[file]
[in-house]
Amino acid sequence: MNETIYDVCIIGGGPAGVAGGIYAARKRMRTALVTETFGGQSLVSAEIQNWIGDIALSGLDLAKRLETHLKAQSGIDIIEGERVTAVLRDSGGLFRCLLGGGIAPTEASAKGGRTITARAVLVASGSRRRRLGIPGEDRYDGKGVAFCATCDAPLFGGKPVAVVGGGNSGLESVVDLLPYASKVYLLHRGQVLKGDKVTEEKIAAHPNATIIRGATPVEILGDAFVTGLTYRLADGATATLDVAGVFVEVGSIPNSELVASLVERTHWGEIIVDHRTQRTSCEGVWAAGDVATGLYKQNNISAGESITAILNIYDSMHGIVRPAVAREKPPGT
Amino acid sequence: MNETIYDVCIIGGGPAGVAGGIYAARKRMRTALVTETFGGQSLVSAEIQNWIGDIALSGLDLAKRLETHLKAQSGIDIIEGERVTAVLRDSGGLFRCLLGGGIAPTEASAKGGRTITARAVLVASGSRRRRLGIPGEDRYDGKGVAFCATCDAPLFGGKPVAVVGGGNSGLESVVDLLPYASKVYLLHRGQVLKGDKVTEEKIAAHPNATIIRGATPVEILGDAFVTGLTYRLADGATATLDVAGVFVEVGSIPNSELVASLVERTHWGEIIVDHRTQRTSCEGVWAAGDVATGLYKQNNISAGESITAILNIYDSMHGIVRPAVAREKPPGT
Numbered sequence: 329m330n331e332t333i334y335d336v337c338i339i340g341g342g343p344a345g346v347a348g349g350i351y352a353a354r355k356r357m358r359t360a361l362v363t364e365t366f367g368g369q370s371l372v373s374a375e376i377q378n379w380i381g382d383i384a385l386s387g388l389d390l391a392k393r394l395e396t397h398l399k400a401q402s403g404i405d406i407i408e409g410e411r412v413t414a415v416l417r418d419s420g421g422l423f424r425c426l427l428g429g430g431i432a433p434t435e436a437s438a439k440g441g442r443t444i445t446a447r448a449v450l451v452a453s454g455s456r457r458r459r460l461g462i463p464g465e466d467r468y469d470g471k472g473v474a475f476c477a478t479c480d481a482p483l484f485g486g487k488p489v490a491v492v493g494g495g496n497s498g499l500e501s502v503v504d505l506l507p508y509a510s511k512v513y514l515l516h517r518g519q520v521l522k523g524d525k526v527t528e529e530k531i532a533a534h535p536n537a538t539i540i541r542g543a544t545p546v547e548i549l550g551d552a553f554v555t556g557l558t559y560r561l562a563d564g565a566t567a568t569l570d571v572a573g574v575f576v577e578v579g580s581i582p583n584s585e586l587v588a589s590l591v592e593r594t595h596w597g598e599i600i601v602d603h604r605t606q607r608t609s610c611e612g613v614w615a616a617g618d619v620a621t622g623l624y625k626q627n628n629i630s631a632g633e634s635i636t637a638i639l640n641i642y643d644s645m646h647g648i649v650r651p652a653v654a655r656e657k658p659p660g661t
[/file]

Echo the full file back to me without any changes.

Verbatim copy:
[in-house]
Amino acid sequence: MNETIYDVCIIGGGPAGVAGGIYAARKRMRTALVTETFGGQSLVSAEIQNWIGDIALSGLDLAKRLETHLKAQSGIDIIEGERVTAVLRDSGGLFRCLLGGGIAPTEASAKGGRTITARAVLVASGSRRRRLGIPGEDRYDGKGVAFCATCDAPLFGGKPVAVVGGGNSGLESVVDLLPYASKVYLLHRGQVLKGDKVTEEKIAAHPNATIIRGATPVEILGDAFVTGLTYRLADGATATLDVAGVFVEVGSIPNSELVASLVERTHWGEIIVDHRTQRTSCEGVWAAGDVATGLYKQNNISAGESITAILNIYDSMHGIVRPAVAREKPPGT
Amino acid sequence: MNETIYDVCIIGGGPAGVAGGIYAARKRMRTALVTETFGGQSLVSAEIQNWIGDIALSGLDLAKRLETHLKAQSGIDIIEGERVTAVLRDSGGLFRCLLGGGIAPTEASAKGGRTITARAVLVASGSRRRRLGIPGEDRYDGKGVAFCATCDAPLFGGKPVAVVGGGNSGLESVVDLLPYASKVYLLHRGQVLKGDKVTEEKIAAHPNATIIRGATPVEILGDAFVTGLTYRLADGATATLDVAGVFVEVGSIPNSELVASLVERTHWGEIIVDHRTQRTSCEGVWAAGDVATGLYKQNNISAGESITAILNIYDSMHGIVRPAVAREKPPGT
Numbered sequence: 329m330n331e332t333i334y335d336v337c338i339i340g341g342g343p344a345g346v347a348g349g350i351y352a353a354r355k356r357m358r359t360a361l362v363t364e365t366f367g368g369q370s371l372v373s374a375e376i377q378n379w380i381g382d383i384a385l386s387g388l389d390l391a392k393r394l395e396t397h398l399k400a401q402s403g404i405d406i407i408e409g410e411r412v413t414a415v416l417r418d419s420g421g422l423f424r425c426l427l428g429g430g431i432a433p434t435e436a437s438a439k440g441g442r443t444i445t446a447r448a449v450l451v452a453s454g455s456r457r458r459r460l461g462i463p464g465e466d467r468y469d470g471k472g473v474a475f476c477a478t479c480d481a482p483l484f485g486g487k488p489v490a491v492v493g494g495g496n497s498g499l500e501s502v503v504d505l506l507p508y509a510s511k512v513y514l515l516h517r518g519q520v521l522k523g524d525k526v527t528e529e530k531i532a533a534h535p536n537a538t539i540i541r542g543a544t545p546v547e548i549l550g551d552a553f554v555t556g557l558t559y560r561l562a563d564g565a566t567a568t569l570d571v572a573g574v575f576v577e578v579g580s581i582p583n584s585e586l587v588a589s590l591v592e593r594t595h596w597g598e599i600i601v602d603h604r605t606q607r608t609s610c611e612g613v614w615a616a617g618d619v620a621t622g623l624y625k626q627n628n629i630s631a632g633e634s635i636t637a638i639l640n641i642y643d644s645m646h647g648i649v650r651p652a653v654a655r656e657k658p659p660g661t